Over weekend I was talking with Alice about “my writing career.” Dr Pasavento, my therapist, insists that writing is just a hobby and I should just do it “for fun” rather than weighting the activity down with tedious add-ons like goals and aspirations. “Don’t be so serious about everything,” he says.
Now that I’ve written a stack of novels, I feel like I should face the next challenge, that of finding someone willing to read what I’ve written. Not all of it, of course, but at least some of it. “I’m living at the wrong time in history,” I said to Alice, alluding to the trope that people aren’t reading as much as people did in the 50s and 60s. Alice, ever connected to reality, countered with, “Nonsense. You’re living at the best possible time to be a writer. Publishing used to be difficult and expensive. Now you can publish with a click of the button.”
While the problem of publication might have been solved with the Internet and the World Wide Web, the even thornier problem of cultivating an audience is now something that an artist (content creator?) has to deal with. It’s not sufficient to post your novel on your web site and then tweet about it.
After I finished writing my first novel, Goodbye Green Day, I briefly flirted with adapting it myself into a film. The concept was simple. Since the action of Goodbye Green Day is set in New York City, I’d spent a day in New York recording video on the streets. Then I’d take that video, edit it, add a voice-over soundtrack of the narrator telling his story and voila! I’d have a homemade movie of my novel. My guess is that I could get more people to watch my film, than I would find people willing to read the book.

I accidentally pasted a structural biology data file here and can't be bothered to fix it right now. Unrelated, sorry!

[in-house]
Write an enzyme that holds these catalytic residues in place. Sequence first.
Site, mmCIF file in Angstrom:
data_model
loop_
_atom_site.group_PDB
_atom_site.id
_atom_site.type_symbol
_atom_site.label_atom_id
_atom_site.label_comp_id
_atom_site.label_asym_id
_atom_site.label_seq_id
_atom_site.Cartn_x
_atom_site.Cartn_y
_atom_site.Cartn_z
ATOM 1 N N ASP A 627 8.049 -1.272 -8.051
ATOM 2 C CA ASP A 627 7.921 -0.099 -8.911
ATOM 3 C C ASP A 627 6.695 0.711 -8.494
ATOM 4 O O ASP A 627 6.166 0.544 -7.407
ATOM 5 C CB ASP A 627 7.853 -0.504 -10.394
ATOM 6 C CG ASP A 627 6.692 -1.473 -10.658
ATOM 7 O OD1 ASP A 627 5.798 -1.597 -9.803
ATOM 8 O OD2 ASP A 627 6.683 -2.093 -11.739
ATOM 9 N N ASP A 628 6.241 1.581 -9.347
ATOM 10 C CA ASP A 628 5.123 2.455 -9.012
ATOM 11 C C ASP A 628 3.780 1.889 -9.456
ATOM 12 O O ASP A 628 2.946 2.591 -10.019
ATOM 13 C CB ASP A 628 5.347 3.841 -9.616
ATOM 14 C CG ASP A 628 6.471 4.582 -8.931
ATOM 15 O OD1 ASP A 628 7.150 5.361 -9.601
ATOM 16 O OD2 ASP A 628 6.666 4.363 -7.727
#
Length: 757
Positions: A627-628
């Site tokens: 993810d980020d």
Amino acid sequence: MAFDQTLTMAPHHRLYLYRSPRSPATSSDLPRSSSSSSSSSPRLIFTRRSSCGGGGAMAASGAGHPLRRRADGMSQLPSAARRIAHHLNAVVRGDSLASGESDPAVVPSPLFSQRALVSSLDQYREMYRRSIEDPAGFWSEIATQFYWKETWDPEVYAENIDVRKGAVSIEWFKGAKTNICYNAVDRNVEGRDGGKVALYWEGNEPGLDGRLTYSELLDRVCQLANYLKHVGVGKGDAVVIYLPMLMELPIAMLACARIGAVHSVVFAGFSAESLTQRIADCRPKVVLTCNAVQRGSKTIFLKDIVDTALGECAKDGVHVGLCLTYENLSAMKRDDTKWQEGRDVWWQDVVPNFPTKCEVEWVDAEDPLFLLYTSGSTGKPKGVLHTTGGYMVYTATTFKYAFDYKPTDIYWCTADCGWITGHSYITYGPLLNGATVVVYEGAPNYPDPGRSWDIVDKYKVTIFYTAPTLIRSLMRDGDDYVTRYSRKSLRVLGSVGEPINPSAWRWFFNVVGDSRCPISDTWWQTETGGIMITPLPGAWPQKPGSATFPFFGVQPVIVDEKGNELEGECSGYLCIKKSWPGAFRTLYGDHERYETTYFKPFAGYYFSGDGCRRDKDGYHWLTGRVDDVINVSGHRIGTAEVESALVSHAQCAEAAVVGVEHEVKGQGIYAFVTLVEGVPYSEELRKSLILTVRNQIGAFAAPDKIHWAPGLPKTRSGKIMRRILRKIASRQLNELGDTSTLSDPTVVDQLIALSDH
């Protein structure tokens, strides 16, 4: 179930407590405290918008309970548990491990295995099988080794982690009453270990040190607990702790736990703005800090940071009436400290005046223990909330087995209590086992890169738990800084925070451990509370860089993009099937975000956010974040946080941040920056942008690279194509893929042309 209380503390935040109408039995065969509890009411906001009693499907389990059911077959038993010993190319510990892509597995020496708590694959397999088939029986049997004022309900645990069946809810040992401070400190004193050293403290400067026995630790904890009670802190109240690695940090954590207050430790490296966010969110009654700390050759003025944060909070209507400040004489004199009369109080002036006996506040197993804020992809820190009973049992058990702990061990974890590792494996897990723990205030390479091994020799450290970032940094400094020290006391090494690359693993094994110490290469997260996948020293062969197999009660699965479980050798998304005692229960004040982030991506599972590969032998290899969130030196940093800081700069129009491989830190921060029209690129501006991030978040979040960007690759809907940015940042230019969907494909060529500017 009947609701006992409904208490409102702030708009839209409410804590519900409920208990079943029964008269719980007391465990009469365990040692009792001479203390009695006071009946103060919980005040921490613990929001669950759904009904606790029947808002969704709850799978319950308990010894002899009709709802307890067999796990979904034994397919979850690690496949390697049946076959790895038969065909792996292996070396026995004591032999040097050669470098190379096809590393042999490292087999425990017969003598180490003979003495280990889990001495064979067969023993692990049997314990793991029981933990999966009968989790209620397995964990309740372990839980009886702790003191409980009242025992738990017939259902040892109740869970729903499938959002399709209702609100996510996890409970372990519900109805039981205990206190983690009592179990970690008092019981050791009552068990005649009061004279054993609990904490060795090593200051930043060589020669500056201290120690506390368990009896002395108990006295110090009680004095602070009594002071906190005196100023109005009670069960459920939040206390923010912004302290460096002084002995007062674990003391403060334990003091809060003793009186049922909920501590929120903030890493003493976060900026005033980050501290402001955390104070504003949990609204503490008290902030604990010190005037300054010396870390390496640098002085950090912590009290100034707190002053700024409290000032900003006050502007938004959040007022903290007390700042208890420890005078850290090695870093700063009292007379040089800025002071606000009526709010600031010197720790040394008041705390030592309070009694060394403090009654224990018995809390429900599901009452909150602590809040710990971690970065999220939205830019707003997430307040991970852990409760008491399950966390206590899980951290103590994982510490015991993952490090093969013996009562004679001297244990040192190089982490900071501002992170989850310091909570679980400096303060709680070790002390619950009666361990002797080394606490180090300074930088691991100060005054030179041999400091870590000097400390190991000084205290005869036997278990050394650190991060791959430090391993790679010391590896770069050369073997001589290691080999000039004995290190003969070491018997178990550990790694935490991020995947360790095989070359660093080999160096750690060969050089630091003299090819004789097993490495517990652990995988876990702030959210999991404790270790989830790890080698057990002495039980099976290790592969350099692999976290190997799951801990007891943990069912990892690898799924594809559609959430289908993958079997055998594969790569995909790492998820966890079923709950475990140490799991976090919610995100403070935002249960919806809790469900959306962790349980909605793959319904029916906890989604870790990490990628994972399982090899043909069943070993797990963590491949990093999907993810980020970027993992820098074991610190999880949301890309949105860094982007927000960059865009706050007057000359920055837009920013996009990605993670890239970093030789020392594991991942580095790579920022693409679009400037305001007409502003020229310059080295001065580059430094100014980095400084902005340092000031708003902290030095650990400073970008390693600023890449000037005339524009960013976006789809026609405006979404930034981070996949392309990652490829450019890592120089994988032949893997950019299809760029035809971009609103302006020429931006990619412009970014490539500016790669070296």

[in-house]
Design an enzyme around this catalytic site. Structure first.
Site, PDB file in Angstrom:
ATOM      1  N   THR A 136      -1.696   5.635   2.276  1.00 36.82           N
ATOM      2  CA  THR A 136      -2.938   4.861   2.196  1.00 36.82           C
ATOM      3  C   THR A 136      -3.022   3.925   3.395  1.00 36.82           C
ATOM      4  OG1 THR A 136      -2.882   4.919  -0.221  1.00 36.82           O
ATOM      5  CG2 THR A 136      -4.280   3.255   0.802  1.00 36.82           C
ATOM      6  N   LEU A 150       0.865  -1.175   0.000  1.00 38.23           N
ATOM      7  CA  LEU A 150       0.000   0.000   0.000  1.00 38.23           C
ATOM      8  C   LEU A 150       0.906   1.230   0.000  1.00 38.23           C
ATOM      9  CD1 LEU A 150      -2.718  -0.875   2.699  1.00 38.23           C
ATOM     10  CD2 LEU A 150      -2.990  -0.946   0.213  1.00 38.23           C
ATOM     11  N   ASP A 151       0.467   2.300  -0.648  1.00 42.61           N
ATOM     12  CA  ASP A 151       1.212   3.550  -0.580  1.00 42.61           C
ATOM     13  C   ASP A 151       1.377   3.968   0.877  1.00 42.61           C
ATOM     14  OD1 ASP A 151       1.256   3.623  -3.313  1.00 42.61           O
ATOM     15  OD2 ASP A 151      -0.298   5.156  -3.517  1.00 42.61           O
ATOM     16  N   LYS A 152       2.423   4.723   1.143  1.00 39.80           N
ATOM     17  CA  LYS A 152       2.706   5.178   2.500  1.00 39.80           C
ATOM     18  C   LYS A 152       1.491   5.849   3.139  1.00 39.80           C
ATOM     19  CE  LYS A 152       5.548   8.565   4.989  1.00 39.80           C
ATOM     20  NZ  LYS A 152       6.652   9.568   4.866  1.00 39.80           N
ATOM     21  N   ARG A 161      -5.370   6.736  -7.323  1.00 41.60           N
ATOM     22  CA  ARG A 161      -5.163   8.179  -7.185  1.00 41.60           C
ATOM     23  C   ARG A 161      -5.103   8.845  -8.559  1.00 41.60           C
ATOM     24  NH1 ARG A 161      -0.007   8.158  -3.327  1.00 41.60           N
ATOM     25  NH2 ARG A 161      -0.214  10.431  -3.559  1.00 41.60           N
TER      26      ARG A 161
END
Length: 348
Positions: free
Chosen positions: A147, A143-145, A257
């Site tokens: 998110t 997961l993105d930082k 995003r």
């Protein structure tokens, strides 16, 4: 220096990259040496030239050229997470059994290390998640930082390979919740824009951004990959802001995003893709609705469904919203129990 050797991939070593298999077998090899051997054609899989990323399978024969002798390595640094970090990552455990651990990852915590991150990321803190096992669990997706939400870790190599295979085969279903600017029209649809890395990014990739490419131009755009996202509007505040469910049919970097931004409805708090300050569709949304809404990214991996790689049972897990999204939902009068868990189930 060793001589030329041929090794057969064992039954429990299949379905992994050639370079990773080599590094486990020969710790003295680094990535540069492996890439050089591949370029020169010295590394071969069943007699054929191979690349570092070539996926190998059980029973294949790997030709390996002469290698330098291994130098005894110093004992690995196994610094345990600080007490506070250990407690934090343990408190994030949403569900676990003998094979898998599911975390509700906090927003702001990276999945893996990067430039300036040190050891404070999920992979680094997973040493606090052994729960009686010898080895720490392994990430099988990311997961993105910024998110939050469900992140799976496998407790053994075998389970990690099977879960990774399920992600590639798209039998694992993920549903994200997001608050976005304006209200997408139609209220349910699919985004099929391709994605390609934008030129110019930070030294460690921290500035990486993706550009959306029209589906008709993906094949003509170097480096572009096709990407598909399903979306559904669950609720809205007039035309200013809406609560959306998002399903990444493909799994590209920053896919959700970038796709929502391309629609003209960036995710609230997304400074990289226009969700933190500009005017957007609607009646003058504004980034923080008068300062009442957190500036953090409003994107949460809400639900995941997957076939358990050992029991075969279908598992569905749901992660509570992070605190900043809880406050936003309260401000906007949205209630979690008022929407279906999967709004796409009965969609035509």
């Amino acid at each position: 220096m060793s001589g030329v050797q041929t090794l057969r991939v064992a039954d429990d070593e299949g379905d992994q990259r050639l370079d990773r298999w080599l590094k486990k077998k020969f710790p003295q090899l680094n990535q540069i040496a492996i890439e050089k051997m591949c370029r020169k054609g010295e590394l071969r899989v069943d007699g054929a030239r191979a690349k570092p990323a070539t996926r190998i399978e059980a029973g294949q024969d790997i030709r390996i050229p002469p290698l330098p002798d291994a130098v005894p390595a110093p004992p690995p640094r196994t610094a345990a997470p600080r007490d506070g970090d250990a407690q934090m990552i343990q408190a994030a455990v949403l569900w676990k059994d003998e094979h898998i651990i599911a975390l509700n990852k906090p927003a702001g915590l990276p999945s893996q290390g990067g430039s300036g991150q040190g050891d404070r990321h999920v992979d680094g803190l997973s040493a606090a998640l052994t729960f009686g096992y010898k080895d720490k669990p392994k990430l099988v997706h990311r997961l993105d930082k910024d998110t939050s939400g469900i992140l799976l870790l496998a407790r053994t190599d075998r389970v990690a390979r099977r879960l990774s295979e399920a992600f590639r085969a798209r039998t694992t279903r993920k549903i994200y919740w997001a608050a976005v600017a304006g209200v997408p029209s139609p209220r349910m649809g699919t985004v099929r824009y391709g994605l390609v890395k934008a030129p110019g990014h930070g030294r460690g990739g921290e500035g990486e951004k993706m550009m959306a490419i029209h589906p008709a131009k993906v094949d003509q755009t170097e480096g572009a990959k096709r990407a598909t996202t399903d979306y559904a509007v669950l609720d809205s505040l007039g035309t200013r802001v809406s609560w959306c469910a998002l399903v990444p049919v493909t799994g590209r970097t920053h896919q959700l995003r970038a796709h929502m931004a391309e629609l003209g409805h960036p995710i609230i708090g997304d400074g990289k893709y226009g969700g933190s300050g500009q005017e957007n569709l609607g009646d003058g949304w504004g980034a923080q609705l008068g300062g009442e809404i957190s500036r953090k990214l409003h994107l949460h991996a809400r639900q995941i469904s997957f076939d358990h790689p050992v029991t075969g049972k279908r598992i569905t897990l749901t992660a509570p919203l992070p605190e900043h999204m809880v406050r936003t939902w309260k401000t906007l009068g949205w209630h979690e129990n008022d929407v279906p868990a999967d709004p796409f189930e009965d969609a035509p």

I was reminded of this seemingly elegant plan when I read recently an article in the Guardian. The article is about filmmaker Mark Duplass who said (basically): if you want to make a film, just do it.
“The first step is the $3 short film,” he said. “We’re in a place now where technology is so cheap that there’s no excuse for you not to be making films on the weekends with your friends, shot on your iPhone – we had a feature film at Sundance this year that was shot entirely on iPhones and it did really well.”
So this morning I got my old digital camera out of the basement, dusted it off, and then located a tripod that had been thrust in the back corner of the closet in my studio. I set up the camera on the tripod and I did three takes of a possible introduction to a short documentary, a “making of...” style documentary which will tell the story of how I came to write one of my novels.